There are ten markers referred to in the Code which should be taken into account when assessing someone’s rehab needs. These are:

    1. Age

    2. Pre-existing physical and psycho-social comorbidities

    3. Return to work/education issues

    4. Dependants living at home

    5. Geographical location

    6. Mental capacity

    7. Activities of daily living in the short-term and long-term

    8. Realistic goals, aspirations, attainments

    9. Fatalities/those who witness major incidence of trauma within the same accident

    10. Length of time post accident
     

    How will the Code help someone with a brain injury?

    Where someone has suffered a serious injury, such as a traumatic brain injury, the Code states that the need for and type of rehab must be assessed by a rehab professional or Case Manager. They will carry out an Immediate Needs Assessment (INA) and produce a full report setting out their recommendations. The Claimant’s Solicitor and the Compensator should try to agree the identity of the individual/organisation that will carry out the INA.

    The INA will normally be paid for by the Compensator. Once the report is available the Compensator should then consider whether they will fund any or all of the recommendations. The Code states that the Compensator will usually only consider rehab that addresses injuries for which they are liable but does suggested that treatment for other conditions should be considered if they have been exacerbated by the accident or are impeding recovery.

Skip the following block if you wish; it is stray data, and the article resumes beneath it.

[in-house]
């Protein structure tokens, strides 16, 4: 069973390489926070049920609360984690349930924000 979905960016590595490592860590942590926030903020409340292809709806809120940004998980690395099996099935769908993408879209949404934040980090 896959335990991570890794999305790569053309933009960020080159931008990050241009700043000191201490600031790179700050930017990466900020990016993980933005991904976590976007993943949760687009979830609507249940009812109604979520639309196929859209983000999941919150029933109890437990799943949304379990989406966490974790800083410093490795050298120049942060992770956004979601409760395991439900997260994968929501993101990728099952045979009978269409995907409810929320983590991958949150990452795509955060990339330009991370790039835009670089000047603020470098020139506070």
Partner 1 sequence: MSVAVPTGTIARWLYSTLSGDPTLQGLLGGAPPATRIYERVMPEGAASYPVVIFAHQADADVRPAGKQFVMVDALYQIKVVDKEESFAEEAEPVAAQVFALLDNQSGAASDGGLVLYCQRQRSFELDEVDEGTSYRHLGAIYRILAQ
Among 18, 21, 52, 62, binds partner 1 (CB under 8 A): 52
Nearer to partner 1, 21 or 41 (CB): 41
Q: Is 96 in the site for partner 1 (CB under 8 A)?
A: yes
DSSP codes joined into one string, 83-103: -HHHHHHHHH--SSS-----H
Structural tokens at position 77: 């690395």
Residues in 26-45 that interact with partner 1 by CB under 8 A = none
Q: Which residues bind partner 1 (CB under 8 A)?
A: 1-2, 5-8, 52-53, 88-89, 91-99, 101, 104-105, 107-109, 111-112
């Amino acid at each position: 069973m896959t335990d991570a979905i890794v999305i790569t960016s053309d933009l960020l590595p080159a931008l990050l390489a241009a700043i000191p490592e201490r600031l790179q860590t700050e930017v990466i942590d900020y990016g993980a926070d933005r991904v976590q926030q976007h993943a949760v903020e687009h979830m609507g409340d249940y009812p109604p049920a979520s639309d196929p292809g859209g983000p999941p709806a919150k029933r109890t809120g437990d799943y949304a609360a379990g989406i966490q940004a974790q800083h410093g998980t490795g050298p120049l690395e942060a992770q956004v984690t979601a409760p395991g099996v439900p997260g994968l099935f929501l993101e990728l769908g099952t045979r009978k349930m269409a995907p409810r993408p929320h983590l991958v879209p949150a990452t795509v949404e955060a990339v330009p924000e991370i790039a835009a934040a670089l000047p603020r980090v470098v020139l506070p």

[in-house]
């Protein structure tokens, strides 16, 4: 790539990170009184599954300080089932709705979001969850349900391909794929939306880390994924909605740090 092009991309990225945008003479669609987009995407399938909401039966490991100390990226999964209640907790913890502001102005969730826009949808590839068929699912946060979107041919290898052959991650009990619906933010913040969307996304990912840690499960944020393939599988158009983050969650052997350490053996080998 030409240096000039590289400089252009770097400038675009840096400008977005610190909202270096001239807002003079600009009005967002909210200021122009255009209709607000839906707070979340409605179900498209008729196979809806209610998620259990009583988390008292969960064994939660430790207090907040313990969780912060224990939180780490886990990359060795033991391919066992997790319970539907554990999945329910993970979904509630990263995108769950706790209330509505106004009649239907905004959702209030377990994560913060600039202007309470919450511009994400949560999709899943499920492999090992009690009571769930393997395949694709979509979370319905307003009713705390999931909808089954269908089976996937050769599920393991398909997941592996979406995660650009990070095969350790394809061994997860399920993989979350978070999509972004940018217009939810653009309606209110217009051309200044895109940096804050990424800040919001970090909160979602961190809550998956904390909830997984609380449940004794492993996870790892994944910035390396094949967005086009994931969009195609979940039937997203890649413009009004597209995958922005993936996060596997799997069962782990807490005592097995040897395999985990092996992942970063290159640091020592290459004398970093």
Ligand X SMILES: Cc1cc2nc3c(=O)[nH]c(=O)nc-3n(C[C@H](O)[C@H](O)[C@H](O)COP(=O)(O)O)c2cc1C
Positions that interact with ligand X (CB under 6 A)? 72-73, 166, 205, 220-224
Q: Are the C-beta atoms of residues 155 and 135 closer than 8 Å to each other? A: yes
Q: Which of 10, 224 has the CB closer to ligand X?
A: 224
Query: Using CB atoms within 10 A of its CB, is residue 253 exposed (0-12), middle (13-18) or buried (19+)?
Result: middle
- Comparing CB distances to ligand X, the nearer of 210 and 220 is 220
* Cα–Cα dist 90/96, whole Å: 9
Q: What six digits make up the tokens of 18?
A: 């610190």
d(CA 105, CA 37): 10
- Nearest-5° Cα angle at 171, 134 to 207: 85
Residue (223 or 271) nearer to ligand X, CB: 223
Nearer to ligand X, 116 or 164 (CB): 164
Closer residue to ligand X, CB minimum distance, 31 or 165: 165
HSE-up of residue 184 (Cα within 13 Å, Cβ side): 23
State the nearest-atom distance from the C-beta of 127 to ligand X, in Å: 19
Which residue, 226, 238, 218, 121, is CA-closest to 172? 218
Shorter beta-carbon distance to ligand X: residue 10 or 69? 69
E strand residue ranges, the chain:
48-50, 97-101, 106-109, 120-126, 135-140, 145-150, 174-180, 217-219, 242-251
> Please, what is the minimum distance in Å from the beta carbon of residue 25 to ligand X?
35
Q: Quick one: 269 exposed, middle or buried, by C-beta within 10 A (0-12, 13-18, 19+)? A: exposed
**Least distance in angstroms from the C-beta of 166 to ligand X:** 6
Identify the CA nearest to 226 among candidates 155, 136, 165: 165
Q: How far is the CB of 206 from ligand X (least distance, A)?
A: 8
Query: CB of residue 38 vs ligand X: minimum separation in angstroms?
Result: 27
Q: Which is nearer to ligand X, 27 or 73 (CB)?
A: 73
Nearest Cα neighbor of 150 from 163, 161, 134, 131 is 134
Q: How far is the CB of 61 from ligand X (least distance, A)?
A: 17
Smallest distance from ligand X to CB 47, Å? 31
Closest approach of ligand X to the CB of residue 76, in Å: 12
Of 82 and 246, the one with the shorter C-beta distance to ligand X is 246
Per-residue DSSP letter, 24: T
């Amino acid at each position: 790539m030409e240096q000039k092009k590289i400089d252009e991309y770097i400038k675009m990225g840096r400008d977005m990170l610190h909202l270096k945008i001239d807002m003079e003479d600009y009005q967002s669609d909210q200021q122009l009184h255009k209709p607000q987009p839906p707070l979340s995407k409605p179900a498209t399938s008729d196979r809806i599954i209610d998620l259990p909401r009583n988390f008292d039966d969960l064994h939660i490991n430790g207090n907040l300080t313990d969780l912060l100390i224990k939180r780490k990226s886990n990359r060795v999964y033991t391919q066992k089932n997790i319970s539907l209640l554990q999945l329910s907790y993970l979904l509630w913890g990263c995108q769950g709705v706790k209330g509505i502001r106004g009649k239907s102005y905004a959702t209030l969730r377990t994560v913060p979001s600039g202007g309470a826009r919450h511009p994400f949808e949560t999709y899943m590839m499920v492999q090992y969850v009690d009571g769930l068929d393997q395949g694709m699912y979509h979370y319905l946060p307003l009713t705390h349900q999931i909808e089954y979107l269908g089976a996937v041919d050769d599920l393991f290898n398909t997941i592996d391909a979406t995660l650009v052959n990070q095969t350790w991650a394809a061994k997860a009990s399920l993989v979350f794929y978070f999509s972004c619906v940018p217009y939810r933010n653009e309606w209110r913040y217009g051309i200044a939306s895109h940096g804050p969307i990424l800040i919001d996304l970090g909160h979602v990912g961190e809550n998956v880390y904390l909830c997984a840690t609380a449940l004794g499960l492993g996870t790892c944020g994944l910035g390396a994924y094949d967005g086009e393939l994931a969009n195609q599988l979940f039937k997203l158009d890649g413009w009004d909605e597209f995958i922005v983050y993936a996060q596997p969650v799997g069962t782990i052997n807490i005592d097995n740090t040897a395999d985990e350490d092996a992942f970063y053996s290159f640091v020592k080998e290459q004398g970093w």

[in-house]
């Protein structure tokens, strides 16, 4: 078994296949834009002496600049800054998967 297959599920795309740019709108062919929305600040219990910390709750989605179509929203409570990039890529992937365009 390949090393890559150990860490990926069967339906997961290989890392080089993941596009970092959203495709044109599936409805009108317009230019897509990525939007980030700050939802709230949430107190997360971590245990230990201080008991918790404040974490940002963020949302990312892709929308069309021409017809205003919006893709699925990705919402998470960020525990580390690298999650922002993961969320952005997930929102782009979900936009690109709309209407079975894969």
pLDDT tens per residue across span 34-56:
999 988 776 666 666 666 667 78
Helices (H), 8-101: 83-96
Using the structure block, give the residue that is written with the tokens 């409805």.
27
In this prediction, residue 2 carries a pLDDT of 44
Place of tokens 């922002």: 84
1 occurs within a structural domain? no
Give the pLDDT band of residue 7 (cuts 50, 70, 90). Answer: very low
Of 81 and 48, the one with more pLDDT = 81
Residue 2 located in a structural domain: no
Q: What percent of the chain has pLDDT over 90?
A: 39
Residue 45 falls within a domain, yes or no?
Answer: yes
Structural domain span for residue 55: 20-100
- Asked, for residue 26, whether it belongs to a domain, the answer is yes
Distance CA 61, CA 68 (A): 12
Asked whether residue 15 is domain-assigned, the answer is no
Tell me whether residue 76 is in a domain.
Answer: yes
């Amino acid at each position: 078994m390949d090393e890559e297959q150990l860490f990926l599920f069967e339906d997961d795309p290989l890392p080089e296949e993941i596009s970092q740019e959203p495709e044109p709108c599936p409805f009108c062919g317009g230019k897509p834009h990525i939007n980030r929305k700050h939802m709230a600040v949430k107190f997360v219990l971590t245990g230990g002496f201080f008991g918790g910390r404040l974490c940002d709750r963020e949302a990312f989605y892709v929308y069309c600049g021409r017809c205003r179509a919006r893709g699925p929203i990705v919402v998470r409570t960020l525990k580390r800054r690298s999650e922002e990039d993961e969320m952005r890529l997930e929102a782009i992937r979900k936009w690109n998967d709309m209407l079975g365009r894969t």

Therefore the Code can potentially give someone with a brain injury quick access to fully funded private rehab or specialist equipment that they might otherwise have had to wait for on the NHS. It may also give them access to treatments/equipment that are not currently available on the NHS.

    What if liability/fault for my accident has not been agreed?

    Where the parties have not yet agreed who was responsible for an accident they can still agree to use the Code and ensure that an injured person get the rehab that they need. The Code urges compensators to consider rehab at an early stage where there is a possibility or likelihood of at least a partial admission of fault later on.

    What can Thomson Snell & Passmore do to help?

    Our team is dedicated to helping our clients obtain the right compensation for their injury but also to secure early rehab wherever possible. We have seen client’s benefit from early rehabilitation and we will do whatever we can to help you, or your loved one, get the treatment that is often desperately needed.

    If you have any questions arising out of this article or if you would like a copy of the Rehab Code please contact Jonathan Clement on 01892 701264 or at jonathan.clement@ts-p.co.uk.